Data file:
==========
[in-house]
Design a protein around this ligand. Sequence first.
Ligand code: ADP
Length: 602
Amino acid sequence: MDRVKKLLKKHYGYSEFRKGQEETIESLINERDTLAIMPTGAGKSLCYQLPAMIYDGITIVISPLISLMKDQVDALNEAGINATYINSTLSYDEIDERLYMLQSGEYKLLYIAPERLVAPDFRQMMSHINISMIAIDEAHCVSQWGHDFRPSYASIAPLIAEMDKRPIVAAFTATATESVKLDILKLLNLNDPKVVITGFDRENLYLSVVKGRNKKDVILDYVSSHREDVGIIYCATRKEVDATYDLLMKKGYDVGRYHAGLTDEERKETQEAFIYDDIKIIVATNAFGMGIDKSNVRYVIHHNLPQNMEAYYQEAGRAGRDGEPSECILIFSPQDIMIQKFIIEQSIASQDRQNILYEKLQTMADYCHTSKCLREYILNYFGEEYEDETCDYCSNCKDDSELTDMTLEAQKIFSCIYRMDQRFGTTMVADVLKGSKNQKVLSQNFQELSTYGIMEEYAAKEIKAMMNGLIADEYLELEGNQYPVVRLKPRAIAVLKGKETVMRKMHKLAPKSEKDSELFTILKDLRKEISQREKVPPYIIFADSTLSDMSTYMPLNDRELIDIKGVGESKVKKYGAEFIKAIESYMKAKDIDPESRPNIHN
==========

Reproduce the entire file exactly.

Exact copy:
[in-house]
Design a protein around this ligand. Sequence first.
Ligand code: ADP
Length: 602
Amino acid sequence: MDRVKKLLKKHYGYSEFRKGQEETIESLINERDTLAIMPTGAGKSLCYQLPAMIYDGITIVISPLISLMKDQVDALNEAGINATYINSTLSYDEIDERLYMLQSGEYKLLYIAPERLVAPDFRQMMSHINISMIAIDEAHCVSQWGHDFRPSYASIAPLIAEMDKRPIVAAFTATATESVKLDILKLLNLNDPKVVITGFDRENLYLSVVKGRNKKDVILDYVSSHREDVGIIYCATRKEVDATYDLLMKKGYDVGRYHAGLTDEERKETQEAFIYDDIKIIVATNAFGMGIDKSNVRYVIHHNLPQNMEAYYQEAGRAGRDGEPSECILIFSPQDIMIQKFIIEQSIASQDRQNILYEKLQTMADYCHTSKCLREYILNYFGEEYEDETCDYCSNCKDDSELTDMTLEAQKIFSCIYRMDQRFGTTMVADVLKGSKNQKVLSQNFQELSTYGIMEEYAAKEIKAMMNGLIADEYLELEGNQYPVVRLKPRAIAVLKGKETVMRKMHKLAPKSEKDSELFTILKDLRKEISQREKVPPYIIFADSTLSDMSTYMPLNDRELIDIKGVGESKVKKYGAEFIKAIESYMKAKDIDPESRPNIHN